By Karin Brulliard
Washington Post Staff Writer
Thursday, August 16, 2007
The story began nearly six decades ago with a young man's dream to play piano. Its most dramatic chapter ends this month with 16 sleek, black Steinway grand pianos, each worth tens of thousands of dollars.
"If you really want to hear what makes a Steinway a Steinway," George Mason University keyboard studies professor Linda Apple Monson said on a recent morning as her fingers danced across the keys of one of the new pianos, summoning the delicate notes of a Chopin piece. "Oh! That singing quality."
The young man is now 79, an "old person," as he puts it, and a novice pianist. Sidney O. Dewberry, who made his fortune helping design and engineer developments including Pentagon City and Montgomery Village, took up the instrument four years ago under Monson's tutelage. This spring, he raised the money to bring the Steinways to GMU.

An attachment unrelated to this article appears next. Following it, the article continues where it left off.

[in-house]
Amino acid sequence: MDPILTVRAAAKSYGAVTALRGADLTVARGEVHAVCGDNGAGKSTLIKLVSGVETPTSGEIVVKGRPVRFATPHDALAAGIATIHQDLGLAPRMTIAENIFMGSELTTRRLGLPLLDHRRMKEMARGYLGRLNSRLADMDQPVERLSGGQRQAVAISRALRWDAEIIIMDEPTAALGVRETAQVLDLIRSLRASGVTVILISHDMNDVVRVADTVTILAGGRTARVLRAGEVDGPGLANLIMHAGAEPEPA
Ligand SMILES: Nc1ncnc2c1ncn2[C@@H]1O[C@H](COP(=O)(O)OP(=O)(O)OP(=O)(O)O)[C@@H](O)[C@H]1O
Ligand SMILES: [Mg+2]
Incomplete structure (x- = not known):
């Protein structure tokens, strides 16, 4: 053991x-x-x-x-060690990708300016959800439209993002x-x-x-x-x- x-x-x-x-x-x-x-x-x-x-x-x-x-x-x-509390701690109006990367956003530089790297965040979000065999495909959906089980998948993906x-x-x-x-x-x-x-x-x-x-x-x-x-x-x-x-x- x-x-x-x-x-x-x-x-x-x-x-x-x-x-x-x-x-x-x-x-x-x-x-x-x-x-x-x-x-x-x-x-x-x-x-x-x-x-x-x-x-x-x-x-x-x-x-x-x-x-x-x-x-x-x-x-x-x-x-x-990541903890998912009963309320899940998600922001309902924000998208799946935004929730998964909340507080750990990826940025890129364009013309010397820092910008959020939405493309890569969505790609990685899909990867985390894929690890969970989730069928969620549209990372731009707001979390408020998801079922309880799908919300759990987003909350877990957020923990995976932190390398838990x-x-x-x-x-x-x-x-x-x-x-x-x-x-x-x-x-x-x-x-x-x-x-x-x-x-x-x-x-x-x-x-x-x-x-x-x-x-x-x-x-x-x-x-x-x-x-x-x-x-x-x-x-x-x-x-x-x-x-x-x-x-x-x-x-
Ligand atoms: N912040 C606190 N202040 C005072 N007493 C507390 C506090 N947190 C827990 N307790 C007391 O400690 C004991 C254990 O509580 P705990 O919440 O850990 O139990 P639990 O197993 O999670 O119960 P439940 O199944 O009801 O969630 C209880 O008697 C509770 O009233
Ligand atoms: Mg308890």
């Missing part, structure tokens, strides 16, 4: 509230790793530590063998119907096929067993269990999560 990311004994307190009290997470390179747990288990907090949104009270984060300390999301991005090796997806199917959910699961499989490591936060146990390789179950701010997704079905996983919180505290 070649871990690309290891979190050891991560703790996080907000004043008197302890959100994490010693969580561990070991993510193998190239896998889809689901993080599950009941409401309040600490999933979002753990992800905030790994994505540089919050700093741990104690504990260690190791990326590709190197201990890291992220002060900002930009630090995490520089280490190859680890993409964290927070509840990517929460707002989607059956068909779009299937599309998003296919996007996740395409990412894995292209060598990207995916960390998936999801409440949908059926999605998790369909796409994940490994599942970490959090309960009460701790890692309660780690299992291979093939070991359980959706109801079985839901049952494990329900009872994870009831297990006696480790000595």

When the final three Steinways are delivered this month and the 350-student music department's upright pianos are gone, GMU will join the ranks of "all-Steinway" schools, a list that includes the Juilliard School, Yale University and the University of Maryland. Monson and her students -- who describe the handmade Steinways as having a "richer, rounder tone," "variety of color" and "more action" -- say the title is a badge of honor. To GMU officials, it is a key recruiting tool for a school that has long strived to transform its identity from suburban commuter campus to first-class university.